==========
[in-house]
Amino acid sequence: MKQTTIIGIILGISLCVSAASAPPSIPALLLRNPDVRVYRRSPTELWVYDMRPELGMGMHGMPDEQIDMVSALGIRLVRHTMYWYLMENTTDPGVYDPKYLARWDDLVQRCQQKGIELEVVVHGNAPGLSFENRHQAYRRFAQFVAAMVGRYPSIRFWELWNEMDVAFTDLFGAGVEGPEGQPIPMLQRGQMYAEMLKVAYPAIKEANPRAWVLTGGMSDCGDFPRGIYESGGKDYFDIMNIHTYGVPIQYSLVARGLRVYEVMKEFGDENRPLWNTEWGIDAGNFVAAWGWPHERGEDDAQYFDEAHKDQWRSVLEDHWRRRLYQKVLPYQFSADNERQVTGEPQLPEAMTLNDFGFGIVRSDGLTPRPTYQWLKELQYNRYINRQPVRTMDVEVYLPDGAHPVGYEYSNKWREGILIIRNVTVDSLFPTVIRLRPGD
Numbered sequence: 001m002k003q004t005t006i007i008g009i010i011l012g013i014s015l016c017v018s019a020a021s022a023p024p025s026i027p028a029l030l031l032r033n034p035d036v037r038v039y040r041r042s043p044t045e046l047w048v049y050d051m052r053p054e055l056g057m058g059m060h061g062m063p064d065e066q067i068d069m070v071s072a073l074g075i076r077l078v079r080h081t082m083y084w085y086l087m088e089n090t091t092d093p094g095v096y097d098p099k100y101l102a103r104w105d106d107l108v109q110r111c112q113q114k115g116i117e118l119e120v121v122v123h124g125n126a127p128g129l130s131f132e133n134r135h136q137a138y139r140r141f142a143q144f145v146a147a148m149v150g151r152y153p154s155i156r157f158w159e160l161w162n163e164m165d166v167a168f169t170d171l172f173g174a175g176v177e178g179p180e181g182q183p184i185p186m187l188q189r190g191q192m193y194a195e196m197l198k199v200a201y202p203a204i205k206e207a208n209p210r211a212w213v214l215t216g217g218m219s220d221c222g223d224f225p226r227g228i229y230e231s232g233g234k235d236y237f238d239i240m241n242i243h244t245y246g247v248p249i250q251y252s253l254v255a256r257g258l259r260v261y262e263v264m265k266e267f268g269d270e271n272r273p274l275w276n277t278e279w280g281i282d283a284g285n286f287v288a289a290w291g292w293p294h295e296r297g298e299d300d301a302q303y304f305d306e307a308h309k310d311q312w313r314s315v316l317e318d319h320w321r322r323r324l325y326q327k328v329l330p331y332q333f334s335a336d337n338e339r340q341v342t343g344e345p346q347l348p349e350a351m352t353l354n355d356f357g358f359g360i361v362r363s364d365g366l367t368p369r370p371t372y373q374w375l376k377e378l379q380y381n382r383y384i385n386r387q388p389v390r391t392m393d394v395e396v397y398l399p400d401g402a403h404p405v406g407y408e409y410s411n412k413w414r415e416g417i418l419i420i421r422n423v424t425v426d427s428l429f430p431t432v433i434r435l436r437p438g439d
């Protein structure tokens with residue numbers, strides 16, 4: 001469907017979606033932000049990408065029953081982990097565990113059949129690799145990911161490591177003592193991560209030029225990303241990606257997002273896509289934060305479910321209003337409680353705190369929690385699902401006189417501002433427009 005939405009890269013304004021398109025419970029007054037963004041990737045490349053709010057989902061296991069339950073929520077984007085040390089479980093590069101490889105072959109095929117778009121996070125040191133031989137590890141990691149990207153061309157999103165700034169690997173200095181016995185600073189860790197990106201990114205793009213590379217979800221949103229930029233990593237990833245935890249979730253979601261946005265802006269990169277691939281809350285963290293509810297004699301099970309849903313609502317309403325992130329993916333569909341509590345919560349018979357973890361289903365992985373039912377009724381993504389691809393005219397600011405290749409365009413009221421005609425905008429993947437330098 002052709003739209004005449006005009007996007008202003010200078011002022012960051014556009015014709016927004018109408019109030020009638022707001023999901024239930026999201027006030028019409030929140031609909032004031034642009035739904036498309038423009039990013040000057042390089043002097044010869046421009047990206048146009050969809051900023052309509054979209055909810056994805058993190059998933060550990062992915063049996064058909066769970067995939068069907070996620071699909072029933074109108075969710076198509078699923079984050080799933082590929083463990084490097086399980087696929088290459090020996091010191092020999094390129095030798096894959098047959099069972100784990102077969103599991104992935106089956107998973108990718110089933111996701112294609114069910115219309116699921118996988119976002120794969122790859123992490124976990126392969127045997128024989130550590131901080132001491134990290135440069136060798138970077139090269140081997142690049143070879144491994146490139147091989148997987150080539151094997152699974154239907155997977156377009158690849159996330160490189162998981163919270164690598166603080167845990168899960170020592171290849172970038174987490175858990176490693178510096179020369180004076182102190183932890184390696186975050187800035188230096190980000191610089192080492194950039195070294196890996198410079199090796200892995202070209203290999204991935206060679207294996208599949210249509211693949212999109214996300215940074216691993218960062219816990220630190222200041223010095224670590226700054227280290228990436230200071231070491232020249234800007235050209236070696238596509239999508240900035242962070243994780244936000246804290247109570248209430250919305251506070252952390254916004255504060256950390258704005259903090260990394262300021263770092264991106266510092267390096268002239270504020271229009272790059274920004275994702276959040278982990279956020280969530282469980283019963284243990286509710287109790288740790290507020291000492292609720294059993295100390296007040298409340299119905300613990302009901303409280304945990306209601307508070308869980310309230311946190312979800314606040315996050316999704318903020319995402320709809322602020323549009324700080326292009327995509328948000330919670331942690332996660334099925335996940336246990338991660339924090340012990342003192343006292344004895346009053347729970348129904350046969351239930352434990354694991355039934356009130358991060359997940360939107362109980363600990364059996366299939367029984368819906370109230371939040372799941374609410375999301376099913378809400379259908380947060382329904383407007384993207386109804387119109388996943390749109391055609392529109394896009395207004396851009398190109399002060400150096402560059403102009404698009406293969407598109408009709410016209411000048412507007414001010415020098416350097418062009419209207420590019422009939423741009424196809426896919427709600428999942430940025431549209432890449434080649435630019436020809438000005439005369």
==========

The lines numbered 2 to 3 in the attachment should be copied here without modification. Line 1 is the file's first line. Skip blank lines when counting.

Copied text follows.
Amino acid sequence: MKQTTIIGIILGISLCVSAASAPPSIPALLLRNPDVRVYRRSPTELWVYDMRPELGMGMHGMPDEQIDMVSALGIRLVRHTMYWYLMENTTDPGVYDPKYLARWDDLVQRCQQKGIELEVVVHGNAPGLSFENRHQAYRRFAQFVAAMVGRYPSIRFWELWNEMDVAFTDLFGAGVEGPEGQPIPMLQRGQMYAEMLKVAYPAIKEANPRAWVLTGGMSDCGDFPRGIYESGGKDYFDIMNIHTYGVPIQYSLVARGLRVYEVMKEFGDENRPLWNTEWGIDAGNFVAAWGWPHERGEDDAQYFDEAHKDQWRSVLEDHWRRRLYQKVLPYQFSADNERQVTGEPQLPEAMTLNDFGFGIVRSDGLTPRPTYQWLKELQYNRYINRQPVRTMDVEVYLPDGAHPVGYEYSNKWREGILIIRNVTVDSLFPTVIRLRPGD
Numbered sequence: 001m002k003q004t005t006i007i008g009i010i011l012g013i014s015l016c017v018s019a020a021s022a023p024p025s026i027p028a029l030l031l032r033n034p035d036v037r038v039y040r041r042s043p044t045e046l047w048v049y050d051m052r053p054e055l056g057m058g059m060h061g062m063p064d065e066q067i068d069m070v071s072a073l074g075i076r077l078v079r080h081t082m083y084w085y086l087m088e089n090t091t092d093p094g095v096y097d098p099k100y101l102a103r104w105d106d107l108v109q110r111c112q113q114k115g116i117e118l119e120v121v122v123h124g125n126a127p128g129l130s131f132e133n134r135h136q137a138y139r140r141f142a143q144f145v146a147a148m149v150g151r152y153p154s155i156r157f158w159e160l161w162n163e164m165d166v167a168f169t170d171l172f173g174a175g176v177e178g179p180e181g182q183p184i185p186m187l188q189r190g191q192m193y194a195e196m197l198k199v200a201y202p203a204i205k206e207a208n209p210r211a212w213v214l215t216g217g218m219s220d221c222g223d224f225p226r227g228i229y230e231s232g233g234k235d236y237f238d239i240m241n242i243h244t245y246g247v248p249i250q251y252s253l254v255a256r257g258l259r260v261y262e263v264m265k266e267f268g269d270e271n272r273p274l275w276n277t278e279w280g281i282d283a284g285n286f287v288a289a290w291g292w293p294h295e296r297g298e299d300d301a302q303y304f305d306e307a308h309k310d311q312w313r314s315v316l317e318d319h320w321r322r323r324l325y326q327k328v329l330p331y332q333f334s335a336d337n338e339r340q341v342t343g344e345p346q347l348p349e350a351m352t353l354n355d356f357g358f359g360i361v362r363s364d365g366l367t368p369r370p371t372y373q374w375l376k377e378l379q380y381n382r383y384i385n386r387q388p389v390r391t392m393d394v395e396v397y398l399p400d401g402a403h404p405v406g407y408e409y410s411n412k413w414r415e416g417i418l419i420i421r422n423v424t425v426d427s428l429f430p431t432v433i434r435l436r437p438g439d